In the title role Amartuvshin Enkhbat dominates the current revival of Oliver Mears’s Rigoletto

United KingdomUnited Kingdom Verdi, Rigoletto: Soloists, Chorus and Orchestra of the Royal Opera House, Covent Garden / Julia Jones (conductor). Royal Opera House, Covent Garden, 24.10.2023. (CC)

Gianluca Buratto (Sparafucile) and Ramona Zaharia (Maddalena) © Tristram Kenton

Director – Oliver Mears
Revival Director – Danielle Urbas
Set designer – Simon Lima Holdsworth
Costume designer – Ilona Karas
Lighting designer – Fabiana Piccioli
Movement director – Anna Morrissey

Duke of Mantua – Stefan Pop
Rigoletto – Amartuvshin Enkhbat
Gilda – Pretty Yende
Sparafucile – Gianluca Buratto
Maddalena – Ramona Zaharia
Giovanna – Veena Akama-Makia
Count Monterone – Fabrizio Beggi
Marullo – Grisha Martirosyan
Matteo Borsa – Michael Gibson
Count Ceprano – Jamie Woollard
Countess Ceprano – Amanda Baldwin
Page – Louise Armit
Court Usher – Nigel Cliffe

This is my third bite at Oliver Mears’s Rigoletto apple: the first run was in September 2021, conducted by Antonio Pappano, with Liparit Avetisyan as the Duke, Carlos Álvarez as Rigoletto and Lisette Oropesa as Gilda (review here); the second had Francesco Denuro as the Duke, Luca Salsi as Rigoletto and Rosa Feola as Gilda under Stefano Montenaro.

Casting any Verdi opera is a director’s nightmare. Perhaps that first run had the most consistently casting, although the second had its strengths. This time, the cast was notable mainly because the Rigoletto dominated the entire performance: Mongolian baritone Amartuvshin Enkhbat. This was a towering interpretation at every moment, on every level. Vocally he was on top form, but it was the acting which created what felt like the ultimate portrayal. Rigoletto the character might not be the most attractive operatic persona, but here one felt at least some understanding of his frustrations and fears, and how they manifest in his behaviour. His ‘Cortigiani vil razza dannata’ was a tour-de-force, strong, potent even. It is rare that an assumption of a role moves beyond criticism, but that Enkhbat basically achieved that on this occasion.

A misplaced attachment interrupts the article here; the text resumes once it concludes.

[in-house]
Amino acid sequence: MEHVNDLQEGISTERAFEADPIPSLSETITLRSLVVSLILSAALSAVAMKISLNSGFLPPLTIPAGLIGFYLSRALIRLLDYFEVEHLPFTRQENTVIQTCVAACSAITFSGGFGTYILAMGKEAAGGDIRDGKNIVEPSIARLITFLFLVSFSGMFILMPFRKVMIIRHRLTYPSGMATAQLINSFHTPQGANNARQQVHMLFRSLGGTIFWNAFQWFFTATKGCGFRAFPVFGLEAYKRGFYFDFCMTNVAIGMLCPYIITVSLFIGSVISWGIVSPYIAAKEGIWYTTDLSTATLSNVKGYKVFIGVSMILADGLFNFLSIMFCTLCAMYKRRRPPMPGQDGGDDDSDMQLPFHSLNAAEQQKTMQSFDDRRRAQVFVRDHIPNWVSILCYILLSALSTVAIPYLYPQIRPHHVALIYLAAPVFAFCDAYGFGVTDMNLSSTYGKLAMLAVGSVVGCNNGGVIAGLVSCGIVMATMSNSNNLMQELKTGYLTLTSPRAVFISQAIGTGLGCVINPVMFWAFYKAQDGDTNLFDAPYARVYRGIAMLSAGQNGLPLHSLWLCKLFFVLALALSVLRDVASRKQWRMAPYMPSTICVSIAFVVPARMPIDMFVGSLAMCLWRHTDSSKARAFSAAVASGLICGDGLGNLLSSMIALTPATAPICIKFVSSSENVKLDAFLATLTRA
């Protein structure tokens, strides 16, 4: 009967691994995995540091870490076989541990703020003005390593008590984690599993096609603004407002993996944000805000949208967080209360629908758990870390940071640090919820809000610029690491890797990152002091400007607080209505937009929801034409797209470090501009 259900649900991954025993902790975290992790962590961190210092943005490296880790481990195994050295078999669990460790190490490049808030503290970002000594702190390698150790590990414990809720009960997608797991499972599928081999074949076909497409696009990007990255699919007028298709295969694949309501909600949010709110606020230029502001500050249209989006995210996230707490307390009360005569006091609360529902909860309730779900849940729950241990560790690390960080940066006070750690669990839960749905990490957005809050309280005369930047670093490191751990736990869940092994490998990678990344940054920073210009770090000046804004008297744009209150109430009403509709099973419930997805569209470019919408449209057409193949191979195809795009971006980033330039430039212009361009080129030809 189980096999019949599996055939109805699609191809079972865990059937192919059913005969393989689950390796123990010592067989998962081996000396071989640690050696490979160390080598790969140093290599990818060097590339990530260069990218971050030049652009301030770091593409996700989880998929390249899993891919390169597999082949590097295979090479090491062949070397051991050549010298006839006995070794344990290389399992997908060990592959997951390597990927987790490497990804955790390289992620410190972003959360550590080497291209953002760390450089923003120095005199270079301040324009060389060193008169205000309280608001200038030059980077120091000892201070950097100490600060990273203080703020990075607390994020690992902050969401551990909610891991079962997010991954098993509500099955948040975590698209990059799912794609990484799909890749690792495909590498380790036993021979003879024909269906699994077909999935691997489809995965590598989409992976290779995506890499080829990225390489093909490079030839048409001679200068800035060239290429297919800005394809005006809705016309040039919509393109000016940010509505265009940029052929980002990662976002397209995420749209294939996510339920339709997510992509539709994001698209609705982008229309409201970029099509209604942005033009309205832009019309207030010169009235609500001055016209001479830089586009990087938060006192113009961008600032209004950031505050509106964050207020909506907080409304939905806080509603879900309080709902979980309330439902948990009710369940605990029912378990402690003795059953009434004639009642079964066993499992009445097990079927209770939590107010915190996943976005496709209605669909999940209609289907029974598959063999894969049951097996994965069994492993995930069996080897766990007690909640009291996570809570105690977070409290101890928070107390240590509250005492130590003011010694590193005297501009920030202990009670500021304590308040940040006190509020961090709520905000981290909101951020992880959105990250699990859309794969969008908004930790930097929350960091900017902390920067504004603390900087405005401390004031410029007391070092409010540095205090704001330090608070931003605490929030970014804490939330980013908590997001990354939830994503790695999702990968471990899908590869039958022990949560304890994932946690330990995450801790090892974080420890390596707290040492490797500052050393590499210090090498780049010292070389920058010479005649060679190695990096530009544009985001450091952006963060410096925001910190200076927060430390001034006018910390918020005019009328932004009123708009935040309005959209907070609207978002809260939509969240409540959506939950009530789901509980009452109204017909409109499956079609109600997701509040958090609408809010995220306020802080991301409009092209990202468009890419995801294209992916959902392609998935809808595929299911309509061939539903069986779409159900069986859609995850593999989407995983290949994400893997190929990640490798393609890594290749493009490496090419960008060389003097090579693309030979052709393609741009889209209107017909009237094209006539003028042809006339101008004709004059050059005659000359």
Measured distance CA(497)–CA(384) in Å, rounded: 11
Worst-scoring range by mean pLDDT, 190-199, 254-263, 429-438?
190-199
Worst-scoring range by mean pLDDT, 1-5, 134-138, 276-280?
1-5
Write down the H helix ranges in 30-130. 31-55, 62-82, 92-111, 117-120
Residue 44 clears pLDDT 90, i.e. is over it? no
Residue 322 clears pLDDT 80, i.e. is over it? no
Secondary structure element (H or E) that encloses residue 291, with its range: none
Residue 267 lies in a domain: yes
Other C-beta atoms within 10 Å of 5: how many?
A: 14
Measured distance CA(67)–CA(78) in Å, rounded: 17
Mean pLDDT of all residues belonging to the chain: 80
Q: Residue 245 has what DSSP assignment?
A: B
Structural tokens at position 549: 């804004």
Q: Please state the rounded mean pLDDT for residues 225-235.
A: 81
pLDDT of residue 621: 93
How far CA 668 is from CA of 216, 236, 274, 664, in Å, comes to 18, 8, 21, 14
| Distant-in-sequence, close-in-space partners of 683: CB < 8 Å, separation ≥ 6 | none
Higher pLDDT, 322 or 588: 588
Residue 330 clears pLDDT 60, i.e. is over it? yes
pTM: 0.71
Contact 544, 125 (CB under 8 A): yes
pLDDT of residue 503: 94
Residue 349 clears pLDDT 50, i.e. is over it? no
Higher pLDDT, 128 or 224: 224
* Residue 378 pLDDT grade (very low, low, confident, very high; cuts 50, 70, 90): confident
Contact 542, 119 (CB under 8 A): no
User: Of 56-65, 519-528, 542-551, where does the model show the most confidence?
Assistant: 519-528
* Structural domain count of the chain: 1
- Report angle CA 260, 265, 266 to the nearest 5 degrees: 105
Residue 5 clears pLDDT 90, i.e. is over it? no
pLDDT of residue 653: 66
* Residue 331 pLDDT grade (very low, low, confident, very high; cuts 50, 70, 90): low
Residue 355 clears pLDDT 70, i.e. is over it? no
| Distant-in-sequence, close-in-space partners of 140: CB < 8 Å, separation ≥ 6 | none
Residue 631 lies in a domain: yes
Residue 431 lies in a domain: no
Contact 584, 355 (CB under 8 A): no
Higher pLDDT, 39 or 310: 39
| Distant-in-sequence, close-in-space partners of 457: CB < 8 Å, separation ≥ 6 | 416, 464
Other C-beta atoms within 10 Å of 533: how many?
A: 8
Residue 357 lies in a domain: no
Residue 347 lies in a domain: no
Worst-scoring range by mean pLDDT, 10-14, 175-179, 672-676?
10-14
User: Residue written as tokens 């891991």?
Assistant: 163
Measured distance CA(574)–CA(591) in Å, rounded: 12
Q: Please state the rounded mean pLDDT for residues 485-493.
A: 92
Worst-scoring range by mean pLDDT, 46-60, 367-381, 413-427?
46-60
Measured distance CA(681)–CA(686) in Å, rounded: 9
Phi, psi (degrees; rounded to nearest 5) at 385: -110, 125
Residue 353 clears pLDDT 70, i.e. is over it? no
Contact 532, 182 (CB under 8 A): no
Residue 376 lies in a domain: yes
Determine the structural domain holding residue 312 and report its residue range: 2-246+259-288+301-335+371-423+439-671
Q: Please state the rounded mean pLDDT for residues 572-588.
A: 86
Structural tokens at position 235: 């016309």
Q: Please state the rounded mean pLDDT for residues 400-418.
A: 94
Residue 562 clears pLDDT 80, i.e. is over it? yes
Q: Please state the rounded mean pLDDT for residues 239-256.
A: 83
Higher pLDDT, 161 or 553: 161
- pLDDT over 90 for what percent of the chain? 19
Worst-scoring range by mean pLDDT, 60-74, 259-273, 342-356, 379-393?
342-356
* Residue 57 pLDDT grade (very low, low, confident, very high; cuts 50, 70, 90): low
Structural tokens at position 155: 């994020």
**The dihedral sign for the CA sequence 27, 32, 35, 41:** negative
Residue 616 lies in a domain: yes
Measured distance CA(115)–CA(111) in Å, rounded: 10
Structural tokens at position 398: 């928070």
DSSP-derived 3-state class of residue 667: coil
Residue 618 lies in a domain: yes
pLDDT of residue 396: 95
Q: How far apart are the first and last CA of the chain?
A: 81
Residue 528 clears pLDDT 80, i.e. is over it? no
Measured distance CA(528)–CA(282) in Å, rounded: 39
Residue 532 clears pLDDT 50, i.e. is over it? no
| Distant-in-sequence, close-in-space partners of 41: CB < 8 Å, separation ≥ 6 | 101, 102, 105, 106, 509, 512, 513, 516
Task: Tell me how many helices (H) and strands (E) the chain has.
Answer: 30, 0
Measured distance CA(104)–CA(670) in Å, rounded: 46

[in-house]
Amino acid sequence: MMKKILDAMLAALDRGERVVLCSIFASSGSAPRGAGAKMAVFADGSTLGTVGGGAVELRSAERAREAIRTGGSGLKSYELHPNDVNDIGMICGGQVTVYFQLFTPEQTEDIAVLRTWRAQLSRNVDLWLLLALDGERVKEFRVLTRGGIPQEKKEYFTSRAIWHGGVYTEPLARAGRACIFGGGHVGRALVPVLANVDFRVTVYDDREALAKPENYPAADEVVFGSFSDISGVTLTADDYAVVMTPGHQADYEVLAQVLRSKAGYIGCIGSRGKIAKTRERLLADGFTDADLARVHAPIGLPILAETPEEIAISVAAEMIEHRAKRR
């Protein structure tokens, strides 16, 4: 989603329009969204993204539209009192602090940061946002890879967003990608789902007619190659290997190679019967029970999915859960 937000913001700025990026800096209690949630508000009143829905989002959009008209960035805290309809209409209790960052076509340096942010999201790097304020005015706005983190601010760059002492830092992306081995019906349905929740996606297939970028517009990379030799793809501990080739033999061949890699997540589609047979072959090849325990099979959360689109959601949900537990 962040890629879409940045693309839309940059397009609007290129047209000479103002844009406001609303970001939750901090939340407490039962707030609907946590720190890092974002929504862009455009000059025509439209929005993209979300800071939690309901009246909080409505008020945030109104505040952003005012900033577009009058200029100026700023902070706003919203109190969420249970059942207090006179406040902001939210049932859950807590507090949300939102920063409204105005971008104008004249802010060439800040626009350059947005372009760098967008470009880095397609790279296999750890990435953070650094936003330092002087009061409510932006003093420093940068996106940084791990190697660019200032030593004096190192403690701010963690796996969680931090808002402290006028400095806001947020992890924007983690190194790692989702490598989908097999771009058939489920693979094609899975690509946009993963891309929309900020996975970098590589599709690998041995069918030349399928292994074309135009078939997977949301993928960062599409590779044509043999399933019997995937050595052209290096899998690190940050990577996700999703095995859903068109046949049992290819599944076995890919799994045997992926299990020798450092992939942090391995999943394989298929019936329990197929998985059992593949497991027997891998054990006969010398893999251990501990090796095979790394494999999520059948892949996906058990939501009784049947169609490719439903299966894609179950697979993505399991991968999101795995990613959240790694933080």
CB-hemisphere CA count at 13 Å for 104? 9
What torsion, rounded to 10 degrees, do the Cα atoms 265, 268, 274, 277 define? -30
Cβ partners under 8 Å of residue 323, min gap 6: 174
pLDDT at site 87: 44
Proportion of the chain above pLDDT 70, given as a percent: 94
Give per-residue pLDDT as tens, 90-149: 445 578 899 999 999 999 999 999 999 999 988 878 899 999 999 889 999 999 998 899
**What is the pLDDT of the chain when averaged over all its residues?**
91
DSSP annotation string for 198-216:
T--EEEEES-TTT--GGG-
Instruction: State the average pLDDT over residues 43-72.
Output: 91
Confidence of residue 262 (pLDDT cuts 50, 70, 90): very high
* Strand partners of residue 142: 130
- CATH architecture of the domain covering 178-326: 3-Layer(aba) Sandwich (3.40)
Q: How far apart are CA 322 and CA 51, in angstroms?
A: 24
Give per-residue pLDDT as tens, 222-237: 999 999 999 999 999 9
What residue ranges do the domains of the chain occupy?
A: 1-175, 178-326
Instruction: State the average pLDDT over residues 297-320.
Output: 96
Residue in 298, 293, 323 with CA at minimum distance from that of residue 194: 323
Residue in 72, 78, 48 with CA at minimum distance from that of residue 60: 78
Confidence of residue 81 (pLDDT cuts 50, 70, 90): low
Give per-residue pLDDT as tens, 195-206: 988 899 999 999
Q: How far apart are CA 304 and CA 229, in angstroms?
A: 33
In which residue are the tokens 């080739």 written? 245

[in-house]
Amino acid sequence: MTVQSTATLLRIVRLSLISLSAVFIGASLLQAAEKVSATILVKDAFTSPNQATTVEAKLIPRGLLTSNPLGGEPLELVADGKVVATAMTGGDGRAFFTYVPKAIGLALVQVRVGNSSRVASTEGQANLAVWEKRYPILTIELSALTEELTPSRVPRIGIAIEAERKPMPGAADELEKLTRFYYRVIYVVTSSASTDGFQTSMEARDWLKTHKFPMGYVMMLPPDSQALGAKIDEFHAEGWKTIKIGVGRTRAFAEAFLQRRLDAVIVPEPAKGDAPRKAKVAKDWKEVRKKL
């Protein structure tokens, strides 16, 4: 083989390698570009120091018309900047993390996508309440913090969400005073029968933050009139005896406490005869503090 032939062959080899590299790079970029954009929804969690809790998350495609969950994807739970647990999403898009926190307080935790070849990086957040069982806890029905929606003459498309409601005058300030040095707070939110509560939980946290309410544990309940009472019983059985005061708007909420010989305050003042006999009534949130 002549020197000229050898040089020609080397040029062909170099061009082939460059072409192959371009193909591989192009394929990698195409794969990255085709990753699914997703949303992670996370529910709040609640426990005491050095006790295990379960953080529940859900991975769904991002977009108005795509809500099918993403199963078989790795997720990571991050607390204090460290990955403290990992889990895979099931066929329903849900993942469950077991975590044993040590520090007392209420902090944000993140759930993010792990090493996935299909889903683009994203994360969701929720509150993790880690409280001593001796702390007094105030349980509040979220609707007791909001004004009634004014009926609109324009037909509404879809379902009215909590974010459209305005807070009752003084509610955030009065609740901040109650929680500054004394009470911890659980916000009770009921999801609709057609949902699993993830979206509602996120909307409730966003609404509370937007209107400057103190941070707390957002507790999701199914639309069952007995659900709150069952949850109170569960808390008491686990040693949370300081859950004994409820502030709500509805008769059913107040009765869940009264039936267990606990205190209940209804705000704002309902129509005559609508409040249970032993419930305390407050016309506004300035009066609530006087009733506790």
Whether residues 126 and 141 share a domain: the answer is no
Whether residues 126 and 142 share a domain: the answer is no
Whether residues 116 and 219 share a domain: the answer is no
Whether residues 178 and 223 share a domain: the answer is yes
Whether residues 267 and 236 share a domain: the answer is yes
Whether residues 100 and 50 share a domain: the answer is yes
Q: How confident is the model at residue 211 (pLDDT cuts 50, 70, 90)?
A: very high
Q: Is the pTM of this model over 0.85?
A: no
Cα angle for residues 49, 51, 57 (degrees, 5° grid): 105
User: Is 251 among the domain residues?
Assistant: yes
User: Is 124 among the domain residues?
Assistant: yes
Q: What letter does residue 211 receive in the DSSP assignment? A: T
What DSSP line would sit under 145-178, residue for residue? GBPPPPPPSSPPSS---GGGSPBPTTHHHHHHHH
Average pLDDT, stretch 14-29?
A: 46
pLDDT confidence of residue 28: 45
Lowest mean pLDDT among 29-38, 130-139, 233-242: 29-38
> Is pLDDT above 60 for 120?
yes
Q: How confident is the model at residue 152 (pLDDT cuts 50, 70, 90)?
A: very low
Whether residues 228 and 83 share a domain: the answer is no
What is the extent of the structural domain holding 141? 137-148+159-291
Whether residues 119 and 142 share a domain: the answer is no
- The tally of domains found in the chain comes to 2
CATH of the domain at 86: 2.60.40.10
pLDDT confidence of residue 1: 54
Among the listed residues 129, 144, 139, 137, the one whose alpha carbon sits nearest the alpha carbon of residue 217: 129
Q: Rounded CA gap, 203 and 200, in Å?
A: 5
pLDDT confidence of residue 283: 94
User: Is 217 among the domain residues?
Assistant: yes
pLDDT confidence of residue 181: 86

Amartuvshin Enkhbat (Rigoletto) and Pretty Yende (Gilda) © Tristram Kenton

While I thoroughly enjoyed Pretty Yende’s Violetta in La traviata in April 2022 (review here), her Gilda was much more of a mixed bag. She has the high notes and vocal mobility, but this felt disengaged, continually just missing her best form. It is a rare event that the Gilda is overshadowed by the Giovanna, a servant, but here it was Veena Akama-Makia who seemed the stronger singer, the most engaged with the drama and her role.

As to the Duke, this was taken by the well-respected Stefan Pop with a real sense of swagger, his ‘Ella mi fu rapita’ a real highpoint of the evening. Another pity, then, that his ‘La donna è mobile’ was rather stand-and-deliver. Fabrizio Beggi was impressive as Monterone – this is the first time I have encountered him, and his large voice suited the role perfectly.

It was Ramona Zaharia who took the role of Maddalena and put her all into the third act. This role is shared with Elena Maximova, whose recent Carmen at Strasbourg was something of a mixed bag. It would be interesting to see what Maximova does with Maddalena, but in the present ensemble, Zaharia was one of the stronger members, absolutely convincing in the pimped-out role.

All the smaller roles were taken by strong singers, while the chorus remains exceptional. Mears’s production does reveal depths on repeated viewings, though, with the massive reproductions of classic paintings both relevant, and a reflection of the duke’s penchant for excess. The stormy atmosphere of the final act is superbly conjured visually, too.

One of the most memorable aspects of the first run of this production was Pappano’s conducting, impeccably aligned with Verdi’s score. Julia Jones was far less impressive, operating on a more surface level and occasionally rather workaday. The run is shared by Covent Garden’s ex-chorus master Renato Balsadonna. Now that should be interesting — and the chorus will surely be on its toes!

Colin Clarke

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